Kendall Ray says her love for farming comes from her great-grandmother Kate Johnson. “She taught me all sorts of things about gardening,” said the little girl. “Like, how do cabbage plants grow – you start with a stalk and put it in the dirt and it grows.”
“When we found out she really enjoyed this whole process of putting a seed and seeing something come out of it, we were like, ‘Okay, we have her interest,'” she said. “So, for her fourth birthday, Kendall Ray’s parents built a little patio garden for her in their home in Atlanta and they threw her a party in the garden.
Two years later, Kendall Rae’s patio garden had grown into a small backyard farm producing carrots, sweet potatoes, strawberries, okra, tomatoes, raspberries, and even Carolina Reapers. “It’s a scary name for pepper,” said Kendall Ray, “because it makes your mouth really hot.”
For homeschooled Kendall Ray, the backyard farm also doubles as her classroom. “She learns hands-on and then she can bring her home and do schoolwork, because she still needs to know her children,” her mother said. “There is always a lesson in digging in the dirt.”
“I love playing in the dirt because it makes me happy,” said Kendall Ray. “It makes me want to garden and share with my friends.”
The path to becoming a certified grower is not as difficult as it may seem. According to Ursula Johnson, “You just have to follow the steps.”
The company currently offers about 20 subscription baskets per month of fruits and vegetables to members of the local community. “If she could grow the fruits and vegetables that literally feed our small community from the yard, just imagine what a backyard full of fruits and vegetables could do for your community,” her mother said.
Kendall Ray agrees: “Sometimes you just need to share fruits and vegetables with the whole community.”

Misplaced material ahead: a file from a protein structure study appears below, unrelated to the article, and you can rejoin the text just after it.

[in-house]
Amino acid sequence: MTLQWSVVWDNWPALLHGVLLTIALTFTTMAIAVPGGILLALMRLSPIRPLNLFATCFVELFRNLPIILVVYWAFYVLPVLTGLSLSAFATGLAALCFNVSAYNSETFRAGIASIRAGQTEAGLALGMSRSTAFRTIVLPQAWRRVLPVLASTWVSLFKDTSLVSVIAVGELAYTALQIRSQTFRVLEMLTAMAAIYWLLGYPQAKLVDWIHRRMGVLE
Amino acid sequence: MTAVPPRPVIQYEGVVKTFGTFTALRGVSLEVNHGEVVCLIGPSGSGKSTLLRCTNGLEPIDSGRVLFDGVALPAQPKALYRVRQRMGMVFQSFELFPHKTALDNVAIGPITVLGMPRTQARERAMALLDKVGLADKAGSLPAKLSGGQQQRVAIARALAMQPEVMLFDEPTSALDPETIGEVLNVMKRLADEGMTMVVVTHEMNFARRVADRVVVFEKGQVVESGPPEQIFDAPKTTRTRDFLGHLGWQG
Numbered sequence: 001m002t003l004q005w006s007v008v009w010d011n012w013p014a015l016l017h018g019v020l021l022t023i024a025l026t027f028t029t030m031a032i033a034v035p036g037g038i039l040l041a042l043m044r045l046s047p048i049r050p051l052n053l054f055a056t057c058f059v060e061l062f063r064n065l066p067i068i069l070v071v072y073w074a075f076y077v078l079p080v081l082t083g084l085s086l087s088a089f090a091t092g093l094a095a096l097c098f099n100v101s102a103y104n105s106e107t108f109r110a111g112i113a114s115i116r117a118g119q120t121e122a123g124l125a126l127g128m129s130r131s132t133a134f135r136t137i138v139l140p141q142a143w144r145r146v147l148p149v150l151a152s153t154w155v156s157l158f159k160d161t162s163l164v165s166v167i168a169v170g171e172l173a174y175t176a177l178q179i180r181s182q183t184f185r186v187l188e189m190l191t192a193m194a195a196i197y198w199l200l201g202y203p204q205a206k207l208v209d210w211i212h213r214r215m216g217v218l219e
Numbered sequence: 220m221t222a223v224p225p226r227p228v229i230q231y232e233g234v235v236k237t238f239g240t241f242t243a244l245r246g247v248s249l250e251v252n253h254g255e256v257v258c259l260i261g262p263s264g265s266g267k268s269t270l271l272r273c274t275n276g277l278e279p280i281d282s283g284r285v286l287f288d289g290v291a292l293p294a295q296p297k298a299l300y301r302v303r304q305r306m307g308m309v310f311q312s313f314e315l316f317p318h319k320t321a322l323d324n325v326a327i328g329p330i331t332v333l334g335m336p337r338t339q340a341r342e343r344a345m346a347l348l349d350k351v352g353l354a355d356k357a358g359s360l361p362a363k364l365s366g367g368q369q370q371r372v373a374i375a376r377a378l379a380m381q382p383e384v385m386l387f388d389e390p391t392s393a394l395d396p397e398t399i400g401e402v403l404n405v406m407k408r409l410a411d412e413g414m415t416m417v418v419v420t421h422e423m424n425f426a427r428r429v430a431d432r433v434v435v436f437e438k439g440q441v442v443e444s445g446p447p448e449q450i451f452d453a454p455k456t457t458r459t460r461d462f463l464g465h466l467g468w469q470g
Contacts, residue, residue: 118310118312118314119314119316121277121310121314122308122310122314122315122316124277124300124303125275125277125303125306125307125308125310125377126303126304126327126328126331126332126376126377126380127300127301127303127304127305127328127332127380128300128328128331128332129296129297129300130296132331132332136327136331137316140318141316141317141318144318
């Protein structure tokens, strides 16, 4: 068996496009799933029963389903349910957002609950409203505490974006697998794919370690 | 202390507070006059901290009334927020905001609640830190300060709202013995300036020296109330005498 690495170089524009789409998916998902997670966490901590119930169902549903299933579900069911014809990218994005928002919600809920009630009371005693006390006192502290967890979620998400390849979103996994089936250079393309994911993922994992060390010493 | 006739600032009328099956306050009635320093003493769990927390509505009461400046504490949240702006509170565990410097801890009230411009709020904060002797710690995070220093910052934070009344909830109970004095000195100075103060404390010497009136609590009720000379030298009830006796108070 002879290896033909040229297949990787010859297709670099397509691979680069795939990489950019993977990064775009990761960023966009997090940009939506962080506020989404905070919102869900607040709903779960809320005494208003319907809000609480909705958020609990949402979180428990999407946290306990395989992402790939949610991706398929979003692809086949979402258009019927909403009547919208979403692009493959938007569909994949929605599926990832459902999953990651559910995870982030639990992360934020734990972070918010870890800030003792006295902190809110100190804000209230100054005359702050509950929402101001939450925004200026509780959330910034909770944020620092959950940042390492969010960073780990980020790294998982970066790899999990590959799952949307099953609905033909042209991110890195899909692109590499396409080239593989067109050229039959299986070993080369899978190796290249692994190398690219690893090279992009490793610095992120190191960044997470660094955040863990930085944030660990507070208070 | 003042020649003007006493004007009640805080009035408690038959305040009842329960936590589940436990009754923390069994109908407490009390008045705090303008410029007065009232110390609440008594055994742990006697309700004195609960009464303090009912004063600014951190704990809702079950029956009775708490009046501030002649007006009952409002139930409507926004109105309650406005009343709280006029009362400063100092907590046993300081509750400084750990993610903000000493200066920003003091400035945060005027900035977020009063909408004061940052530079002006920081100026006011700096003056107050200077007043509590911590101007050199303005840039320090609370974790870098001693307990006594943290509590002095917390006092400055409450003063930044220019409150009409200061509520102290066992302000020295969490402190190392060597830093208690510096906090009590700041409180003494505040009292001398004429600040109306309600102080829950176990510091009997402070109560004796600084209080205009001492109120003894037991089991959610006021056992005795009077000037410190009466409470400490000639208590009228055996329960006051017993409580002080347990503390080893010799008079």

It is a business model observed by local elected officials. In September, Fulton County Commissioner Khadija Abd al-Rahman and her colleagues met with Kendall Ray to present one of the county’s largest honors, a proclamation announcing September 28, 2021, Fulton County’s Kendall Ray Johnson Appreciation Day.
“She has a natural, organic love for farming and it’s contagious,” Abdel-Rahman told CNN. Kendall’s infectious energy and passion for growing fruits and vegetables is one of the reasons Abdul Rahman made Kendall the youngest intern at the Fulton County Board of Commissioners office in southwest Atlanta.
“Times have changed, and with this development, education must change. Our ability to let children know that there are different things they can do, they can become the smallest farmer in Georgia,” Abdul Rahman said. “I want her to inspire people from 2 to 102 because she did it with me.”
Kendall Ray has also made an impression on national politicians such as Senator Raphael Warnock, who mentioned Kendall’s story during an October speech.
“It feels great that they know me now, and they know my garden,” said Kendall Ray.
Kendall Ray’s parents hope they can use the interest and publicity to expand their farm. In five years, Ursula Johnson says her goal is 75 to 100 acres. “We want to be able to have a fruit and nut orchard. We want to be able to have vegetables that we love to eat and cook and maybe some new things we haven’t tried before,” she said.
When asked if she wants to be a farmer when she grows up, Kendall Ray replied, “Oh yeah, and I think I’m a farmer already.”
But her mother doesn’t pressure her to stay in farming: “If 10 years from now she says, ‘Mom, I’m tired of farming, I want to do something else.'” ‘ I was saying, ‘Okay baby, where do we go next?’